Tips for Preemie Care

babyfeet.JPGToday, Heather shares tips for surviving the nerve wracking early months of preemie care:

“Pregnant with triplets, we knew that our babies would be born premature. Studies have shown that babies born from one to three weeks early have a greater risk of breathing and feeding problems, trouble maintaining their body temperature, greater rates of jaundice, and problems with brain development. I was among the fortunate to carry to 35 weeks (considered full term for triplets). Our trio came into this world weighing 5.9, 4.11, and 3.13 pounds.

Words cannot describe the barrage of feelings when holding a 3.13 pound baby in the cup of your hands. Our triplets turned one in January. We made it through the round the clock feedings, sleepless nights, and all the wonderment infants bring. My fears and challenges related to caring for premature infants are now behind me, but I’ll always carry that experience with me. Here are a few helpful tips for those challenging early months of preemie care:

  • Restrict visitation. In an effort to reduce exposure to germs, I did not allow company (other than immediate family) to visit for the first month. All visitors were required to take off their shoes before entering the house and were asked to wash their hands. No one who was sick was allowed to visit. We made no excuses or exceptions. These were the rules we stuck by for visitation during the triplets’ first four months.

  • Weight check appointments. The pediatrician will likely require biweekly weight checks for a period of time. Rather than bundling up, traveling to, and waiting in a busy waiting room, request that a visiting nurse (VNA) come to your home. Be sure to check whether your insurance will cover the visits; many cover up to 30 days of services.

  • Breast pump. Some people thought I was insane, but since I nursed my first child, I felt committed to nursing the triplets. For 6 weeks when I wasn’t breastfeeding I was pumping. I would nurse two babies at the same time and the third would get a bottle and then I would rotate them. They would also each get a bottle of formula a day as it proved difficult to keep up with their eating every 2-3 hours for almost two months. A hospital grade breast pump was key; again, check your insurance as many will cover a hospital grade breast pump.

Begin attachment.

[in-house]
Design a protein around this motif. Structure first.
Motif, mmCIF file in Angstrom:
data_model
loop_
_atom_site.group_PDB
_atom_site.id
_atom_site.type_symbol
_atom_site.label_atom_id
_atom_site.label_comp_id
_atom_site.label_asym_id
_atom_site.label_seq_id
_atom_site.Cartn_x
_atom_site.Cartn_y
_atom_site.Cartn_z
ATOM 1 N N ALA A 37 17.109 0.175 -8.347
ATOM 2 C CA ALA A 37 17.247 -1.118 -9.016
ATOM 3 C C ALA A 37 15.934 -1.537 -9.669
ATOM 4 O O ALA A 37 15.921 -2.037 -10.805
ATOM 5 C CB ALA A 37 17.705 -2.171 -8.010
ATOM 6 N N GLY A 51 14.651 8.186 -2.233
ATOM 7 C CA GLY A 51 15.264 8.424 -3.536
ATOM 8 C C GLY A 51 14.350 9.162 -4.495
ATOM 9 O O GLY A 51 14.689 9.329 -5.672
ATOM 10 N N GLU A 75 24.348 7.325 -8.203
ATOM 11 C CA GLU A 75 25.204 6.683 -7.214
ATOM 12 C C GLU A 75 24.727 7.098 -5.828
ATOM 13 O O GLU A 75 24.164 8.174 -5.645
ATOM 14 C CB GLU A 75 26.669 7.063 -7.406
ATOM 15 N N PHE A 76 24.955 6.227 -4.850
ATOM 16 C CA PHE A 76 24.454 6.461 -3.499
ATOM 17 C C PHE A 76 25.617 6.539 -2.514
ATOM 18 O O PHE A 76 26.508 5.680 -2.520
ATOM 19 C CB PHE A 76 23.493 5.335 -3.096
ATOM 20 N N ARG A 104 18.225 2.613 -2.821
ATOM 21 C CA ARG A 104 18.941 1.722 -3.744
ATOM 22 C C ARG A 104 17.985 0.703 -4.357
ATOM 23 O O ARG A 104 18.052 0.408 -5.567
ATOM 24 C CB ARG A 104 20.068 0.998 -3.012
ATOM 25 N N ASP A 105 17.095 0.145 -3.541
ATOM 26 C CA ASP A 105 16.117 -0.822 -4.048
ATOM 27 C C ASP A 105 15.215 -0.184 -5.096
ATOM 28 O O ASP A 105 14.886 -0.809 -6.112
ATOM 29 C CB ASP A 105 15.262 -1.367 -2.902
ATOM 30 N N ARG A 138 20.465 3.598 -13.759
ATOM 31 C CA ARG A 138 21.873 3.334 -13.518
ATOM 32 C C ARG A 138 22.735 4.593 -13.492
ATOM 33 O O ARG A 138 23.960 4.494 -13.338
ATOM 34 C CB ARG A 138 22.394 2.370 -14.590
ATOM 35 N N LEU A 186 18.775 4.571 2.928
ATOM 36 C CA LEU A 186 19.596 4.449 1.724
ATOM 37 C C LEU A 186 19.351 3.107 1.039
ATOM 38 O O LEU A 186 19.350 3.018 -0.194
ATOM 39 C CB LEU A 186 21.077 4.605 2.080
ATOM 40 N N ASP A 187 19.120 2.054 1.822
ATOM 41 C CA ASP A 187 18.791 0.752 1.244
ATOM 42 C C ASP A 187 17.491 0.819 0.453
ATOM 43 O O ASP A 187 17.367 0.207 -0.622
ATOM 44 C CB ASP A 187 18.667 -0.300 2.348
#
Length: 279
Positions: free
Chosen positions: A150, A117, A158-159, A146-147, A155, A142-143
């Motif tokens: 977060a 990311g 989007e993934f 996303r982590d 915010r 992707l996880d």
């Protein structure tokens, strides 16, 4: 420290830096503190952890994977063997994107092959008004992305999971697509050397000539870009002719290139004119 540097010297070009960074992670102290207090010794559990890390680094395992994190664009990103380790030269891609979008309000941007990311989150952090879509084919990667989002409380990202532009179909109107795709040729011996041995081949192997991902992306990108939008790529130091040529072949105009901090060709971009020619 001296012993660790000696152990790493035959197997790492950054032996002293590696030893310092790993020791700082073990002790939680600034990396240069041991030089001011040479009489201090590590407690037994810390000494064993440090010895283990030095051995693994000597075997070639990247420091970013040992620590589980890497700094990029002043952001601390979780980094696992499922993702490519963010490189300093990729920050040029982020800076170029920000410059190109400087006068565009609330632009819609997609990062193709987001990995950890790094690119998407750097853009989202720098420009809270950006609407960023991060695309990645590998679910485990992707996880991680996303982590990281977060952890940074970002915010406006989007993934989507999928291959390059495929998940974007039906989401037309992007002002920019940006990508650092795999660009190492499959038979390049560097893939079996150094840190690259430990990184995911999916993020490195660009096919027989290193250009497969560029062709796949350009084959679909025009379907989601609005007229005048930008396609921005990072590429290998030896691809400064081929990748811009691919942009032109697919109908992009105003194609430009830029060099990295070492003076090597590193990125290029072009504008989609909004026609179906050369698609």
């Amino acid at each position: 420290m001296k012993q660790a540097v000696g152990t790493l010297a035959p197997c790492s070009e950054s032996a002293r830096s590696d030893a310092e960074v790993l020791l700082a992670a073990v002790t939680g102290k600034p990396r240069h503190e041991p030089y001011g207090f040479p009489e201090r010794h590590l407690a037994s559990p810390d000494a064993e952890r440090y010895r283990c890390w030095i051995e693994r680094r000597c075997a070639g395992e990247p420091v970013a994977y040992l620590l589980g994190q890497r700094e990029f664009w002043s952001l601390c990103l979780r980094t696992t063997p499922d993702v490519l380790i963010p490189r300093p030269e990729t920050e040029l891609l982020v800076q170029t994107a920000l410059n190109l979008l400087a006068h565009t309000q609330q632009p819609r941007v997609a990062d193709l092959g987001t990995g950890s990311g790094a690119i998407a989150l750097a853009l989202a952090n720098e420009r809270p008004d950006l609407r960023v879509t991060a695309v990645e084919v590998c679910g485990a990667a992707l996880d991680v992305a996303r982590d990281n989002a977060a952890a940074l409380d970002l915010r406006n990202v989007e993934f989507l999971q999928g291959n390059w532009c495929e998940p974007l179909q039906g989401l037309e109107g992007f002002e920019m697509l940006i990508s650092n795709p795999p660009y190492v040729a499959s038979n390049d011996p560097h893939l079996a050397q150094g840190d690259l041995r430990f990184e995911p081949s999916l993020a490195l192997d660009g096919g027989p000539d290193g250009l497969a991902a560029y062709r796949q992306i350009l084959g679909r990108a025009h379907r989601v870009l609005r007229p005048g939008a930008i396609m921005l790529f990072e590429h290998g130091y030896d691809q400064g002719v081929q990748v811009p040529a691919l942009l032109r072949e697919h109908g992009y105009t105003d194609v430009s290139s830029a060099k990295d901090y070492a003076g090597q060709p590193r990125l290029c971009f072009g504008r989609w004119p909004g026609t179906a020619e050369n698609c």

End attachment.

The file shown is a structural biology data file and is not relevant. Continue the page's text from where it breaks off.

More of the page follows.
• Formula. By the 6-week breastfeeding/pumping mark I was physically and mentally exhausted. My pediatrician fully supported switching to formula full-time and we were fortunate that our insurance covered their formula 100% for a whole year. Check whether your insurance will cover the high caloric formulas recommended for preemies. In addition, manufactures will often provide a one-month supply of formula free upon request. Have your pediatrician check with the sales representative.

  • Synagis shots. Synagis is a series of shots that deliver medication to protect babies against RSV. Check whether your insurance company covers Synagis medication. My trio didn't quality because they made it to 35 weeks, but my understanding is that babies under 35 weeks and who have other risk factors (like a sibling in school or other health issues) typically qualify.

  • Early intervention (EI). Early Intervention offers therapeutic, educational, and family support services for delayed, disabled, or at-risk infants and toddlers from birth to age three. Services include screening and assessment, home visits, groups, and individual center based therapies, toddler groups, parent education, and support groups. These services are available to the general public regardless of insurance or the ability to pay.”